Tuesday, January 12, 2010

Athlètes maudits, hubristic painters and a damn fine cup of tea

There's something of the poète maudit about some Irish athletes. George Best, of course, one of the most talented football players of any generation, died aged 59 of multiple organ failure brought on by alcoholism. His famous quote "I spent a lot of money on booze, birds and fast cars. The rest I just squandered" is very funny, until you consider the price he paid. (Best isn't in the DIB yet, since he died in 2005, three years after the cutoff date for the print edition. He will be, I'm sure.) John Joe Barry, the "Ballincurry Hare", had more than a touch of the Best about him, alas. A middle distance runner of great ability - he held the world record at a mile and a half, and thrashed a world class field in a three mile race in Dublin - he blew his chances in the 1948 Olympics, in part at least because he hadn't trained hard enough, failed to make the 1952 team and retired before the 1956 Olympics, in which his countryman Ron Delaney won the 1500 metres gold. Drink, drugs and three unsuccessful marriages brought him down, alas. But he was an inspiration for those who followed him and avoided his mistakes - Delaney, Eamonn Coghlan and Sonia O'Sullivan among them.  (Yesterday, I failed to mention another great athlete, Edward Barrett, who won a gold medal for tug-of-war and a bronze for wresting at the 1908 Olympics and also had an all-Ireland senior hurling medal.)
James Barry (not obviously related to John Joe but possibly distant kin - it's a Norman surname) also had self-destructive gifts. He engaged in ferocious disputes with his opponents - "real and imaginary" as the DIB puts it - which led to his being kicked out of the Royal Academy in Britain, "withdrawal from society" and descent into "increasing depths of introspection and alienation".  Perhaps unsurprisingly, he was drawn to portrayals of victims, such as the pictured Philoctetes on the Island of Lemnos, which hangs in the Pinacoteca Nazionale in Bologna. Philoctetes, alone, abandoned by his former comrades-in-arms and afflicted with a suppurating wound, suggests the artist's powerful identification with his theme. At the same time, the wounded subject has also been correlated with the condition of Ireland, and there's evidence that Barry saw things that way, as well. He combined mythology and actuality in so complex a way that it's challenging to peel away all the layers.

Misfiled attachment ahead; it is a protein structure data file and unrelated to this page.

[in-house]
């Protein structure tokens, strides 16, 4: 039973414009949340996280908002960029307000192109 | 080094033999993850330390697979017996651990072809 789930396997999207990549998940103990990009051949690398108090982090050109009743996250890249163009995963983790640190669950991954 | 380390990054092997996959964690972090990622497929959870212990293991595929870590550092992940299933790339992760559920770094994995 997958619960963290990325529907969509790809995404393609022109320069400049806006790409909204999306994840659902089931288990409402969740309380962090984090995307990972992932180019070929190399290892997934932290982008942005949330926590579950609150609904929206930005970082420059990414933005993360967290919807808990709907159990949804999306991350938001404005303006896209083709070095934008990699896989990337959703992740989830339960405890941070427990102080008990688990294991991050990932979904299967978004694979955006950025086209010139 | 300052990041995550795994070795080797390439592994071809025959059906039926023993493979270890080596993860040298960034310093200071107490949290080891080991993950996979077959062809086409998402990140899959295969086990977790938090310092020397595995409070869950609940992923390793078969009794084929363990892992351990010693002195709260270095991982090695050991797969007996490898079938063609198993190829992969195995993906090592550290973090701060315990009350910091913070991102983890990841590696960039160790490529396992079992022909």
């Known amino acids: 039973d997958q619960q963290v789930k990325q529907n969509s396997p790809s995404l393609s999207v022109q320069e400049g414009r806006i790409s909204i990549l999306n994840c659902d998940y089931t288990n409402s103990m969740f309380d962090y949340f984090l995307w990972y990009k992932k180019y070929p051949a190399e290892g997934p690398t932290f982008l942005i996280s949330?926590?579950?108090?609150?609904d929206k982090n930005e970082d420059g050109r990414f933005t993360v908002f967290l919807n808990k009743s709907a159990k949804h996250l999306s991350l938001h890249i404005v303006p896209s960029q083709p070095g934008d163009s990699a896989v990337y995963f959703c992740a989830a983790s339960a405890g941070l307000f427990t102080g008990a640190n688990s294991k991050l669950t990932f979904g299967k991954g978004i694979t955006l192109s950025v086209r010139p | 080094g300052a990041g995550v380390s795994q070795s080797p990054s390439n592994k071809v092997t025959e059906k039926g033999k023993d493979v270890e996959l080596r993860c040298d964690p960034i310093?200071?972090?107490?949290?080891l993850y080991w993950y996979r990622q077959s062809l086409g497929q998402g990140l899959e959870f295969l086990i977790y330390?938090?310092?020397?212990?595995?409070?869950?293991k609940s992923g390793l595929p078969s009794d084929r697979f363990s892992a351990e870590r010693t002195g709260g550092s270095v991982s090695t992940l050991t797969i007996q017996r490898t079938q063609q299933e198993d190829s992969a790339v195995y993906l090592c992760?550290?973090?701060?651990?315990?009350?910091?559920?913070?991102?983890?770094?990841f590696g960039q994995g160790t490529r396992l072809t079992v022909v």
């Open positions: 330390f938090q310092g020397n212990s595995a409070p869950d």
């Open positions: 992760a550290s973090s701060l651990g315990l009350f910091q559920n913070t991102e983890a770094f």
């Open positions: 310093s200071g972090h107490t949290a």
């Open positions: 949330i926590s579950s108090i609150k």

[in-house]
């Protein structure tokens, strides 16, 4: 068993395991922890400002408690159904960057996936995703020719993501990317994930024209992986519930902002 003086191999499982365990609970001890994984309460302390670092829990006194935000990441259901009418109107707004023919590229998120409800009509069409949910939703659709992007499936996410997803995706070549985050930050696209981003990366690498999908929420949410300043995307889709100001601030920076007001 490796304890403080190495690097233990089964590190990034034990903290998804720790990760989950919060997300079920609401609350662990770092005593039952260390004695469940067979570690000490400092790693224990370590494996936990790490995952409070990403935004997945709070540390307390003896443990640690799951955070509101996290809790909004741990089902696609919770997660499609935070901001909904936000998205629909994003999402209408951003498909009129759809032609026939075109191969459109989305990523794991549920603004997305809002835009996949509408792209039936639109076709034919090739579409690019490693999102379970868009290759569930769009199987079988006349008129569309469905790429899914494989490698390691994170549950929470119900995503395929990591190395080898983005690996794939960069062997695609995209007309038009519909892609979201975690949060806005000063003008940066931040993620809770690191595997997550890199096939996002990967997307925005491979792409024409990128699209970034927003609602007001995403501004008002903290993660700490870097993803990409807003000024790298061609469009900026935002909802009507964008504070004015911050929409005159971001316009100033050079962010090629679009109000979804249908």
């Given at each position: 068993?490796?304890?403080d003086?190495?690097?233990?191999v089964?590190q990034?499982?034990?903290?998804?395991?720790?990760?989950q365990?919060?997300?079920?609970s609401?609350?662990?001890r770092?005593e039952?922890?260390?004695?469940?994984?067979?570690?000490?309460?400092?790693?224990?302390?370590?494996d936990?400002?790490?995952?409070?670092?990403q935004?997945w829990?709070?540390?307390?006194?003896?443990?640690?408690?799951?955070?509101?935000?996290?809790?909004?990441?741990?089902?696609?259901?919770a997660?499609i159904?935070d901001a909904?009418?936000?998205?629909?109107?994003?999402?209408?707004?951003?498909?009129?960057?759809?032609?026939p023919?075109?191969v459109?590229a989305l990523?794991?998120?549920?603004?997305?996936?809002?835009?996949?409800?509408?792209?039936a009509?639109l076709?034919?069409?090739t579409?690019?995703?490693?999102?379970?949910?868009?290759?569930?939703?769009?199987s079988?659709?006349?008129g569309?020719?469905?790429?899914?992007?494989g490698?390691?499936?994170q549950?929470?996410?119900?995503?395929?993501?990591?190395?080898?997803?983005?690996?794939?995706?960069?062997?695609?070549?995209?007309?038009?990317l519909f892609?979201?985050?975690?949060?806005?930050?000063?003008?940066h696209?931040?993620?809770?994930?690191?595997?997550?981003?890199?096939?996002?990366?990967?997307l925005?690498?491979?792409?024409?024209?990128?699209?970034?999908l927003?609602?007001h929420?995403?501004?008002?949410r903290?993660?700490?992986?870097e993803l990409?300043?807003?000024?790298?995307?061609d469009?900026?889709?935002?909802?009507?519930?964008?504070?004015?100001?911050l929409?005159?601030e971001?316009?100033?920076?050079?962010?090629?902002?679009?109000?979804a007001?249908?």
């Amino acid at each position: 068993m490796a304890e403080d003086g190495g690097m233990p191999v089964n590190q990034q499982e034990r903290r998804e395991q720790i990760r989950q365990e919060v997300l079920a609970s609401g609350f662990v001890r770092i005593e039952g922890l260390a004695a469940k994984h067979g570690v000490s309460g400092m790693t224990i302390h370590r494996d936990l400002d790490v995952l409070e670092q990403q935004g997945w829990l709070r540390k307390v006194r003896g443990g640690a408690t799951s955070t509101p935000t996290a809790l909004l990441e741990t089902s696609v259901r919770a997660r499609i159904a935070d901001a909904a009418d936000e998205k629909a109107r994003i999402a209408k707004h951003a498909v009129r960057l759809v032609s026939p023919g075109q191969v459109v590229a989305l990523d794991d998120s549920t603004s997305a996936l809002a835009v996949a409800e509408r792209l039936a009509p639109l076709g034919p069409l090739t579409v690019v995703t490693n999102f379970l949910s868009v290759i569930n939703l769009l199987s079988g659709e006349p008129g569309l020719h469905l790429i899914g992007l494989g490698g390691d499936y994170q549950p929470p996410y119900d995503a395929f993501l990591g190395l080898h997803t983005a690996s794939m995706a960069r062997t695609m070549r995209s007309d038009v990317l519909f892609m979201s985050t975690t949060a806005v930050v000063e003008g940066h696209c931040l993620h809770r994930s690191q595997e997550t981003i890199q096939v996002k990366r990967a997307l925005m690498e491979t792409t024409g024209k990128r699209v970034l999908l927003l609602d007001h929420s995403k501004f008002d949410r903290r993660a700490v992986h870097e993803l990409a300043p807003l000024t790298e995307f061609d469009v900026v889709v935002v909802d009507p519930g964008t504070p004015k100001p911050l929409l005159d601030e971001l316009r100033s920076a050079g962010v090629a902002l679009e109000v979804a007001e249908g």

In his Portraits of Barry and Burke in the Characters of Ulysses and his Companion fleeing from the Cave of Polyphemus, which hangs in the Crawford Art Gallery in Cork, Barry portrays himself as the wily Odysseus - ironically the one who abandoned Philoctetes on Lemnos, making for a strange double-identificaiton on Barry's part - leaving the cave of the cyclops Polyphemus with his companion and friend Edmund Burke warning him against the hubris that in the original story brings down Poseidon's anger on Ulysses/Odysseus' head. It's a fascinating glimpse of someone who, like Ulysses, had prodigious talent but knew he couldn't constrain himself from exercising it without compromise. The DIB entry, a model of fact, background and appraisal, is by the art historian Peter Murray, who irrelevantly, also compiled a catalogue of the Dulwich Picture Gallery, which until recently was part of the same foundation as my old school.

Another James Barry, also from Cork, was a bird of a different feather. Barry's real name was probably Margaret, and she managed to pass as a man from at least the age of 17 until her death at 73 (she's on the left of the photo). Remarkably, she spent these years first as a medical student, then as an army and colonial doctor, in which role she pioneered hygeine standards, vaccination, limitations on the sale of prescription drugs, enlightened treatment of lepers, the caesarean section and much more. Like her painter namesake she partook in furious rows, including with Florence Nightingale, and fought at least one duel. One or two people may have known her secret, including her patron Lord Charles Somerset, who may have fathered her child and who was ironically accused of homosexuality because of the relationship. Her "true" gender was only revealed after her death in 1865, the same year as the "official" first woman in Britain to receive a medical degree, Elizabeth Garrett Anderson, graduated.

One more Barry. We islanders in America have one thing on which we're all agreed: it's really hard to get a good cup of tea here. The water is rarely boiled and the raw material is generally weak and insipid. The robust, heroic Irish tea is strong, masculine and contemptuous of the effete versions offered on this side of the Atlantic. Accordingly, we seek out obscure ethnic stores for the real thing, of which to me the locus classicus is that made by the great family firm Barry's of Cork. The founder of the firm, James J Barry, doesn't rate a DIB entry - for shame! - but his eldest son, Tony, does. Tony was said to be "one of the foremost tea tasters in these islands" and steered Barry's to the Empire Cup in 1934 (when we were still nominally part of the Empire). He really rates his entry because of his distinguished political career, which is all very well, but his true fame surely lies in bringing a great cup of tea to the breakfast tables or the world, including mine, daily.

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